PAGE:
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Philip Morris International Inc. (PM): How to Play the Tobacco Industry

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I admire tobacco companies. Despite nasty looking warnings on tobacco products, consumers find a reason to consume these items. And despite their minimal marketing campaigns, these companies find loyal customers to retain their growth momentum. This ensures a stable top line and the rising population presents steady growth potential. But when it comes to hand picking tobacco stocks, which companies should make it to your list?

Why not Philip Morris?

Philip Morris International Inc. (NYSE:PM) is a well-diversified company and caters to 180 different markets — except for the U.S. Its international market share aggregates to around 16%, and the company is rapidly expanding in Asia to bolster its growth. But there seems to be two broad reasons why its geographical diversification will most likely strain its earnings.

Philip Morris International Inc. (NYSE:PM)Firstly, the U.S dollar is strengthening due to the ongoing economic recovery. But since major economies, including Australia, China and India, have been recording lackluster growth, their currencies have begun depreciating. Since Philip Morris International Inc. (NYSE:PM) generates all of its revenue from international destinations, a strengthening U.S dollar translates into foreign-exchange losses.

Secondly, Australia has imposed a law wherein cigarette packs will come in plain packages, and must contain bigger graphical warnings. The results are awaited but the idea is to curb cigarette demand in Australia. If the Australian government succeeds in cramping the demand, the British government has announced that it will follow suit. This doesn’t paint an optimistic picture for Philip Morris International Inc. (NYSE:PM), which is why Altria Group Inc (NYSE:MO) and Reynolds American, Inc. (NYSE:RAI) appear more attractive.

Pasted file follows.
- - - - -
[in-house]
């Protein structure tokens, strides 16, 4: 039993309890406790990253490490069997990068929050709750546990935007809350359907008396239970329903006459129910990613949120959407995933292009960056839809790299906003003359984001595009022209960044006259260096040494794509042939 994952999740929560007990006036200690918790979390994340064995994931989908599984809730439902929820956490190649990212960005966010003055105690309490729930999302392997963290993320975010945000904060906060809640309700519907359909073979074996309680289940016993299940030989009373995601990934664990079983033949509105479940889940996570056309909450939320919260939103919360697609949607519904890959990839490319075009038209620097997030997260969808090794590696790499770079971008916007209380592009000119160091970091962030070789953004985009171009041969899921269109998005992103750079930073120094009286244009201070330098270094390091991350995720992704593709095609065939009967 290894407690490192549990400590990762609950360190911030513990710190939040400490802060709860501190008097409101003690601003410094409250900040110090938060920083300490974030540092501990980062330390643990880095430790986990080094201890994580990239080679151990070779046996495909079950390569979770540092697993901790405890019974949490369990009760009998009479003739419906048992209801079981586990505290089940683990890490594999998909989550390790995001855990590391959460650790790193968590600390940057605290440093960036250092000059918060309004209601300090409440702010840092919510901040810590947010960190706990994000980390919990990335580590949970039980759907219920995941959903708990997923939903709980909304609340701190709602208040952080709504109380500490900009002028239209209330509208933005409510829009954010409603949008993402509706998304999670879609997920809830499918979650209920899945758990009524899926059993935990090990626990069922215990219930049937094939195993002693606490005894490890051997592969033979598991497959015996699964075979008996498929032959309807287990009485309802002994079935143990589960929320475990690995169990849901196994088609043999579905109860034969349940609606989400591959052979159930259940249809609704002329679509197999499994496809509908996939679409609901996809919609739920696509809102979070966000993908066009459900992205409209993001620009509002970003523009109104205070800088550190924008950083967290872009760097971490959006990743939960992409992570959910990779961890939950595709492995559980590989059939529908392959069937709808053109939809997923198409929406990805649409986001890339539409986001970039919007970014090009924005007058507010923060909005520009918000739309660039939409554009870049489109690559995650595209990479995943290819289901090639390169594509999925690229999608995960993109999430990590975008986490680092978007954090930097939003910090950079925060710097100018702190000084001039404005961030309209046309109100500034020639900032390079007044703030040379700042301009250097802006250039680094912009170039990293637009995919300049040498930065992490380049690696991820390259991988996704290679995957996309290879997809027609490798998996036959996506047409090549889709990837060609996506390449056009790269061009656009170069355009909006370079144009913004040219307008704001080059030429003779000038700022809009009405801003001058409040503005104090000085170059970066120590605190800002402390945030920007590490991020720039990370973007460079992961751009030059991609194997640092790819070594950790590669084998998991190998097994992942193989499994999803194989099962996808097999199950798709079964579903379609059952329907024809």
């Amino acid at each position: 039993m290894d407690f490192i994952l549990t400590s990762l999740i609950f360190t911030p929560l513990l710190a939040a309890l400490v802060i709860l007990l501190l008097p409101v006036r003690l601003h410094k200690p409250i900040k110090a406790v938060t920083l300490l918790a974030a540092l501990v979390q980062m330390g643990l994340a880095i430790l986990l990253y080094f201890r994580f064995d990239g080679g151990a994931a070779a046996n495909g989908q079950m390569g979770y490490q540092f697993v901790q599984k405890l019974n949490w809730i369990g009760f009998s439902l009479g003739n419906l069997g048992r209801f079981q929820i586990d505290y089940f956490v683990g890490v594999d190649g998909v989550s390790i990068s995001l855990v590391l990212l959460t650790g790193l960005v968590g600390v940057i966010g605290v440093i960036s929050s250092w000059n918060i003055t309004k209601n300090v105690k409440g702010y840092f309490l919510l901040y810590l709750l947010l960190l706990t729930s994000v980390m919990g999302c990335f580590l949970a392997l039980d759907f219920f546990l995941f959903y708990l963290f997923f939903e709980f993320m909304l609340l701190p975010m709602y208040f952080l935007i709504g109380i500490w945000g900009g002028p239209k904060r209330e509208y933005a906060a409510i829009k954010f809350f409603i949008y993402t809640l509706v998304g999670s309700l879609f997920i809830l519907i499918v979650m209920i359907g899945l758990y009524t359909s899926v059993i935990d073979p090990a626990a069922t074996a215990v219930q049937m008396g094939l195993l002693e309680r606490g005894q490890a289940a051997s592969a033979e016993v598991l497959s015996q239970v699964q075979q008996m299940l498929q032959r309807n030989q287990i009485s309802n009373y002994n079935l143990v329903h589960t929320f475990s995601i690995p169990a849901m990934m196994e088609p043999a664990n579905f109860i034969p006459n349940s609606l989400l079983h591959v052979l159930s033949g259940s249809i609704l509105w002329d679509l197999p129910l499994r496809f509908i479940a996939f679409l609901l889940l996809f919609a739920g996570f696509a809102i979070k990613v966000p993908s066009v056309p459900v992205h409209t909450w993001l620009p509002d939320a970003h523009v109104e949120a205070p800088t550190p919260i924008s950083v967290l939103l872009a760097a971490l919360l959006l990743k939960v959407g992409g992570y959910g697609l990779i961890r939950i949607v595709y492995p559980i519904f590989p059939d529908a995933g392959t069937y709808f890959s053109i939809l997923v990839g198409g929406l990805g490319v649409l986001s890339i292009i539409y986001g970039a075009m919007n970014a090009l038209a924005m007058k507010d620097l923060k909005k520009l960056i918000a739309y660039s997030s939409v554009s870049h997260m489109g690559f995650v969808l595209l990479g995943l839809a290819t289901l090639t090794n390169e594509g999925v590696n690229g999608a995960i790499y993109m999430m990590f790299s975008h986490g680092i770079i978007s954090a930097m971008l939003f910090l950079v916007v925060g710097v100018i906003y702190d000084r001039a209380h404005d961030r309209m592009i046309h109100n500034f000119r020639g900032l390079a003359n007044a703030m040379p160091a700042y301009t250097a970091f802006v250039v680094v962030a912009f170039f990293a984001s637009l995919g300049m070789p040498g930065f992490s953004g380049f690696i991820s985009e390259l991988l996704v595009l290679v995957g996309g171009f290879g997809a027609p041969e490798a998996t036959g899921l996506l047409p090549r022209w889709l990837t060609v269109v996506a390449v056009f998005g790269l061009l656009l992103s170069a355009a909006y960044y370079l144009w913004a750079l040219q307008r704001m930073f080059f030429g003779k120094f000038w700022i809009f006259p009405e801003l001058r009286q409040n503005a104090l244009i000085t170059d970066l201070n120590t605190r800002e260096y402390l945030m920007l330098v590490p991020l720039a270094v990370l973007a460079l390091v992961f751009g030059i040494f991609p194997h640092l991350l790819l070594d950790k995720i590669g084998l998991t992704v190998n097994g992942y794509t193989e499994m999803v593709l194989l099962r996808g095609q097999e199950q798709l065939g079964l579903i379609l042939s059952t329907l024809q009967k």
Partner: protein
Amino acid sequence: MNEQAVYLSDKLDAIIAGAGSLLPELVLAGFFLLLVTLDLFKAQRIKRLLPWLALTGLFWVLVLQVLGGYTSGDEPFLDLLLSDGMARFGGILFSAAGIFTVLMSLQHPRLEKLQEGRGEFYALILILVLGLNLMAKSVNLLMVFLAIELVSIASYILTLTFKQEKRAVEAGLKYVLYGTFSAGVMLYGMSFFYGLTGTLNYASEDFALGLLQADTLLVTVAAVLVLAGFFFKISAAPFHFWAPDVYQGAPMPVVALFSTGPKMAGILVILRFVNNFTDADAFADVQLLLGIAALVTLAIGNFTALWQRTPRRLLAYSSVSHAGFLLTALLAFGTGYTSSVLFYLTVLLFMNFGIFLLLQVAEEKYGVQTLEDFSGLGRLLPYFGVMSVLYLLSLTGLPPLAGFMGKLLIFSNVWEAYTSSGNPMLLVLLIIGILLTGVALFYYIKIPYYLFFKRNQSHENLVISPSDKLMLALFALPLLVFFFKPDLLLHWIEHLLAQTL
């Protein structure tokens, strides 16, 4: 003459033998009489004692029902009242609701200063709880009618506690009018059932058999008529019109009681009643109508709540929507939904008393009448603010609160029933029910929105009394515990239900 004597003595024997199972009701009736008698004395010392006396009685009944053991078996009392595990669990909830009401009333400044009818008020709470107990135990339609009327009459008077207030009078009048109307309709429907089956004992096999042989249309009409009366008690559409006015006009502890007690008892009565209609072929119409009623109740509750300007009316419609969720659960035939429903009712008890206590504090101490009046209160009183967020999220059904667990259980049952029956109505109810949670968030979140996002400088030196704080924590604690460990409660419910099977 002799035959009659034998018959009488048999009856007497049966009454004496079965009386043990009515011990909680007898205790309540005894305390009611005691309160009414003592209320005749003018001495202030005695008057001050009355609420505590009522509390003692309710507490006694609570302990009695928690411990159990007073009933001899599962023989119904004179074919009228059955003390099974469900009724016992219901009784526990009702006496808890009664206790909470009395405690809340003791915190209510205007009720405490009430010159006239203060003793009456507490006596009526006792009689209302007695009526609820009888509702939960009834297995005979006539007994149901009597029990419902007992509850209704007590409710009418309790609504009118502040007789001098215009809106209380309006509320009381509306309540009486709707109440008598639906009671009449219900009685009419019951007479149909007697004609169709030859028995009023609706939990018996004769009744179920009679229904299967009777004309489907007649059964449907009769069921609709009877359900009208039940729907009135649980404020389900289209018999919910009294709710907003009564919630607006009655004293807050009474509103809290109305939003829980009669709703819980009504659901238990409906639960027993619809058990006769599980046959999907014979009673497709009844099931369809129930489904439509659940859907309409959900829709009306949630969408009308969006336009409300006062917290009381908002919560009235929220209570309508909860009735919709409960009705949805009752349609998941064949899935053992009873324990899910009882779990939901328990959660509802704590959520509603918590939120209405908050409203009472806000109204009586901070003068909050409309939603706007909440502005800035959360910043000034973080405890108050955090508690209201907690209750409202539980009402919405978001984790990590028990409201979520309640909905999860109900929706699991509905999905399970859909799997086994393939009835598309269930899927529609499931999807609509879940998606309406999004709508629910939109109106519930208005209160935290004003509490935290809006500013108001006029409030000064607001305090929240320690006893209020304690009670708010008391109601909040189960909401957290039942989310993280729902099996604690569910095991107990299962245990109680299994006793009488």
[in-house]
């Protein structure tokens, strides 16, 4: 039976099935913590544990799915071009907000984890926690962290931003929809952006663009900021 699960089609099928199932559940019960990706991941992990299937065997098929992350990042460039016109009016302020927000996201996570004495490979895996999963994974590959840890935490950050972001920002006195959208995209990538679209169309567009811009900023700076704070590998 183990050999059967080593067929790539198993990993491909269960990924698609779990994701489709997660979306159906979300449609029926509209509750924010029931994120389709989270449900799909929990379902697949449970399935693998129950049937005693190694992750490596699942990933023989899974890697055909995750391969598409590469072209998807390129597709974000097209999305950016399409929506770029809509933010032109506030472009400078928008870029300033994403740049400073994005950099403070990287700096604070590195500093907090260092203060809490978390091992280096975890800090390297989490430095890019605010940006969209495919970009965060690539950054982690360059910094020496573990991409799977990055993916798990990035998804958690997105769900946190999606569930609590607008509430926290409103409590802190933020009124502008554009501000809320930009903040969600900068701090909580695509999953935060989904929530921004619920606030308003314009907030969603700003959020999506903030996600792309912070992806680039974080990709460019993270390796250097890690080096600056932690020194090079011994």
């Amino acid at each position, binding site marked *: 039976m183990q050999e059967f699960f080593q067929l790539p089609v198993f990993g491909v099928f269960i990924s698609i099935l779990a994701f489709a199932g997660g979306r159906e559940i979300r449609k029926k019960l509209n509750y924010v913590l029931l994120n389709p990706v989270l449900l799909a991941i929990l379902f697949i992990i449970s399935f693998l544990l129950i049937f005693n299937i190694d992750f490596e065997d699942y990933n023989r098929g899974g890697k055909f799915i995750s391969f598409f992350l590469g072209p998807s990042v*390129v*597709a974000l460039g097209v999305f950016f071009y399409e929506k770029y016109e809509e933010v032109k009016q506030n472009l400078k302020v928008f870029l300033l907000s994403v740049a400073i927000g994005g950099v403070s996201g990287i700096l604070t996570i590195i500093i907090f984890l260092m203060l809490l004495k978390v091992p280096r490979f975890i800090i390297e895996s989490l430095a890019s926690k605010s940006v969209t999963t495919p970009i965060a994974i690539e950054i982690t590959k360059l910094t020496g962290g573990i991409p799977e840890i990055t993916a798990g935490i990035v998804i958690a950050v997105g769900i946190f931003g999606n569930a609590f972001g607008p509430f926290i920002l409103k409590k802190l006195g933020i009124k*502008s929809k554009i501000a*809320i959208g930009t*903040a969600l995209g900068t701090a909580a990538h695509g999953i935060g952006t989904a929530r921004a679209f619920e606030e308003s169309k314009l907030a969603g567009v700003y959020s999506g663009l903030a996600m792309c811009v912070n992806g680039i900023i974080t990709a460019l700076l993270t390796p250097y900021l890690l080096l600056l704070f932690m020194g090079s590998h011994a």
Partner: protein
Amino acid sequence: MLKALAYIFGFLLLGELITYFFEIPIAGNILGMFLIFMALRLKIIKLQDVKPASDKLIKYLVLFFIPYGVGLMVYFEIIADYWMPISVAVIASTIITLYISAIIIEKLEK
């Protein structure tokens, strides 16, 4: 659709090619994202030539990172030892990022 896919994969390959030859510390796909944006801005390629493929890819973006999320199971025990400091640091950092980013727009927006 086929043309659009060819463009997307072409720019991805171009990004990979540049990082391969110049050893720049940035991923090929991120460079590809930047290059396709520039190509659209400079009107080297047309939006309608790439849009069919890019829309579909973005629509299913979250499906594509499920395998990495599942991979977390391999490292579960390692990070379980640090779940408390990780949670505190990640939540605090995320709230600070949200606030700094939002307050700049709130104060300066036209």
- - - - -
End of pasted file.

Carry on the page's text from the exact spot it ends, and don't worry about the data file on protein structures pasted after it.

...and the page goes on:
A state of confusion?

Both Altria Group Inc (NYSE:MO) and Reynolds American, Inc. (NYSE:RAI) operate in the U.S, with 50% and 27% market share, respectively. This makes them geographically saturated and reliant on a single market, but it also eliminates the risks of forex-related losses. And thanks to an impressive set of financials, shares of Altria and Reynolds have appreciated by nearly 16% and 25%, respectively, over the last six months.

Thanks to the growing popularity of electronic cigarettes, or e-cigarettes, the electronic segment is now being considered a game changer for tobacco companies. E-cigarettes currently account for 1% of total cigarettes sales in the U.S, but have become one of the fastest-growing tobacco segments in the states.

To capture this growth, both Altria Group Inc (NYSE:MO) and Reynolds American, Inc. (NYSE:RAI) have announced the launch of their respective MarkTen and Vuse lines of e-cigarettes. There are over 200 existing brands available in the market, but both Altria and Reynolds claim that their e-cigarettes are an upgrade from the current market offerings. So the question arises:  “Which company stands to benefit the most?”

Altria or Reynolds?

Altria Group Inc (NYSE:MO) has a larger market share with more brand loyalty on which to capitalize. It has a relatively wider distribution network and larger product portfolio. So technically speaking, the venture into e-cigarettes should benefit Altria more. And Altria also owns a 27% interest in SABMiller.

It is the world’s second-largest brewing company, and has been adding strength to Altria Group Inc (NYSE:MO)’s financials. SABMiller’s FY 2013 revenue grew by 10%, which is quite impressive for a large scale enterprise. But over the last four years, its revenue is down by 11.9%.

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